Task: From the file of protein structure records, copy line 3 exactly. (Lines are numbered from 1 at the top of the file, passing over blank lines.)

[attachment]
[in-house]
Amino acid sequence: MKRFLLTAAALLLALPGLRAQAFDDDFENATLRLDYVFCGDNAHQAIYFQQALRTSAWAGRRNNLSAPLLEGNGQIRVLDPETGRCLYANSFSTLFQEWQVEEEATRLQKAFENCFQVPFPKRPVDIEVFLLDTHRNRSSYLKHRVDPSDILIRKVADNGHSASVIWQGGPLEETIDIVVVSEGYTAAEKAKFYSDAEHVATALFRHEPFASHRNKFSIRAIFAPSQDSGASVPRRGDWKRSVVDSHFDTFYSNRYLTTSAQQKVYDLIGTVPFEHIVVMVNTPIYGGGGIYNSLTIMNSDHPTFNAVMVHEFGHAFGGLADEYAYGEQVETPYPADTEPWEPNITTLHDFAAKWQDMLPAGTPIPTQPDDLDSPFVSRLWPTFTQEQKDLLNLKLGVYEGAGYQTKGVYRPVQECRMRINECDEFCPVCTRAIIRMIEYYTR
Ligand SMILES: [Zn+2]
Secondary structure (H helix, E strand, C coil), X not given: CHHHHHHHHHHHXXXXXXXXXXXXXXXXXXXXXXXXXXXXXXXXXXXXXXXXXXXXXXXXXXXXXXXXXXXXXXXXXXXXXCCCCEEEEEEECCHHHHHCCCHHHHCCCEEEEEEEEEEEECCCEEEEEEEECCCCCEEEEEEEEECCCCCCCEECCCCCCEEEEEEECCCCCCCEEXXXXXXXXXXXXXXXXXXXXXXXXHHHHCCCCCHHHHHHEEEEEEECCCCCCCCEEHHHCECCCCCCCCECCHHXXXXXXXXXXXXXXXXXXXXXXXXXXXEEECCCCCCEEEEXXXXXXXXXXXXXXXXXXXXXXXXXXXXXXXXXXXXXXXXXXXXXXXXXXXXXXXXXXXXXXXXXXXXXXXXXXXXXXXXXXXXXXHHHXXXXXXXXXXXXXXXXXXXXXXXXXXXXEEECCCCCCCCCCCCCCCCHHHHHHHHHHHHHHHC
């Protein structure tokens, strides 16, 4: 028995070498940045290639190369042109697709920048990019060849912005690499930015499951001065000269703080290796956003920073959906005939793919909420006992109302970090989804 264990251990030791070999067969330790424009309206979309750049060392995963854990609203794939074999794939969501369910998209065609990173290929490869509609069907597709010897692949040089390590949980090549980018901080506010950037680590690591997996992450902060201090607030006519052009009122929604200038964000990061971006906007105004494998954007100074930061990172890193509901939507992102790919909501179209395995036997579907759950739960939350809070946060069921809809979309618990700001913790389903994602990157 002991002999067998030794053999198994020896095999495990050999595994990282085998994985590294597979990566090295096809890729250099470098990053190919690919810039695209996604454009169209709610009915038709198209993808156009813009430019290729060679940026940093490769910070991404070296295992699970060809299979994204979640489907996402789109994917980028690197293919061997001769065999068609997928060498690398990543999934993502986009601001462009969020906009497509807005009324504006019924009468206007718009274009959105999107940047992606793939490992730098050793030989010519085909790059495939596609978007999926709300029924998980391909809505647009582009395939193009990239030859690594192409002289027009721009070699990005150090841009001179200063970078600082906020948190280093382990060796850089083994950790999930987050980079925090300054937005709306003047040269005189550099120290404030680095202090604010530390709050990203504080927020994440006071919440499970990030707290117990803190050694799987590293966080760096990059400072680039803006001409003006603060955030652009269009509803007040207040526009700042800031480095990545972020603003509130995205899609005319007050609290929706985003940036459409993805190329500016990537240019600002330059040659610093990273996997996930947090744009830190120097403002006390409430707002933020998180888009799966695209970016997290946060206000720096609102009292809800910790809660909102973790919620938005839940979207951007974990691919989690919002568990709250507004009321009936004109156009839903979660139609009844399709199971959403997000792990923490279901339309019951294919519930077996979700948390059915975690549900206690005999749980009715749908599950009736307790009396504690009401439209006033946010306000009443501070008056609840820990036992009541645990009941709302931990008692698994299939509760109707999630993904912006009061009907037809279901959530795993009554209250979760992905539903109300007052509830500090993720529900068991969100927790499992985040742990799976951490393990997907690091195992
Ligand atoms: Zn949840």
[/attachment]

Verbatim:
Ligand SMILES: [Zn+2]